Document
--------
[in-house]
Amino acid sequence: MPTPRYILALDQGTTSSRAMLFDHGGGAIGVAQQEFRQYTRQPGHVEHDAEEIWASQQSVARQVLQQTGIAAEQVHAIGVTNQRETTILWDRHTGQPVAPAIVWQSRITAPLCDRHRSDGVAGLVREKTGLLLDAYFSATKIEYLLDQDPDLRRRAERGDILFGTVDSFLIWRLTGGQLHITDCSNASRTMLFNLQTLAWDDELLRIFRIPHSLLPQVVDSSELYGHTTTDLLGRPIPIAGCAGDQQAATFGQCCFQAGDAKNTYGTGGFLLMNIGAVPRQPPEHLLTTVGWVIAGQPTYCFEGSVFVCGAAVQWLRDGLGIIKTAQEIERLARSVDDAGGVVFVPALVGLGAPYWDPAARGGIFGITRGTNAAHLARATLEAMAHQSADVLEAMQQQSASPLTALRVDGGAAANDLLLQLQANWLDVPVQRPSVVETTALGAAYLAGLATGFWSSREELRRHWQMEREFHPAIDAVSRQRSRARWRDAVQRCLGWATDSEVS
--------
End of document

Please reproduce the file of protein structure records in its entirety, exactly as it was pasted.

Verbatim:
[in-house]
Amino acid sequence: MPTPRYILALDQGTTSSRAMLFDHGGGAIGVAQQEFRQYTRQPGHVEHDAEEIWASQQSVARQVLQQTGIAAEQVHAIGVTNQRETTILWDRHTGQPVAPAIVWQSRITAPLCDRHRSDGVAGLVREKTGLLLDAYFSATKIEYLLDQDPDLRRRAERGDILFGTVDSFLIWRLTGGQLHITDCSNASRTMLFNLQTLAWDDELLRIFRIPHSLLPQVVDSSELYGHTTTDLLGRPIPIAGCAGDQQAATFGQCCFQAGDAKNTYGTGGFLLMNIGAVPRQPPEHLLTTVGWVIAGQPTYCFEGSVFVCGAAVQWLRDGLGIIKTAQEIERLARSVDDAGGVVFVPALVGLGAPYWDPAARGGIFGITRGTNAAHLARATLEAMAHQSADVLEAMQQQSASPLTALRVDGGAAANDLLLQLQANWLDVPVQRPSVVETTALGAAYLAGLATGFWSSREELRRHWQMEREFHPAIDAVSRQRSRARWRDAVQRCLGWATDSEVS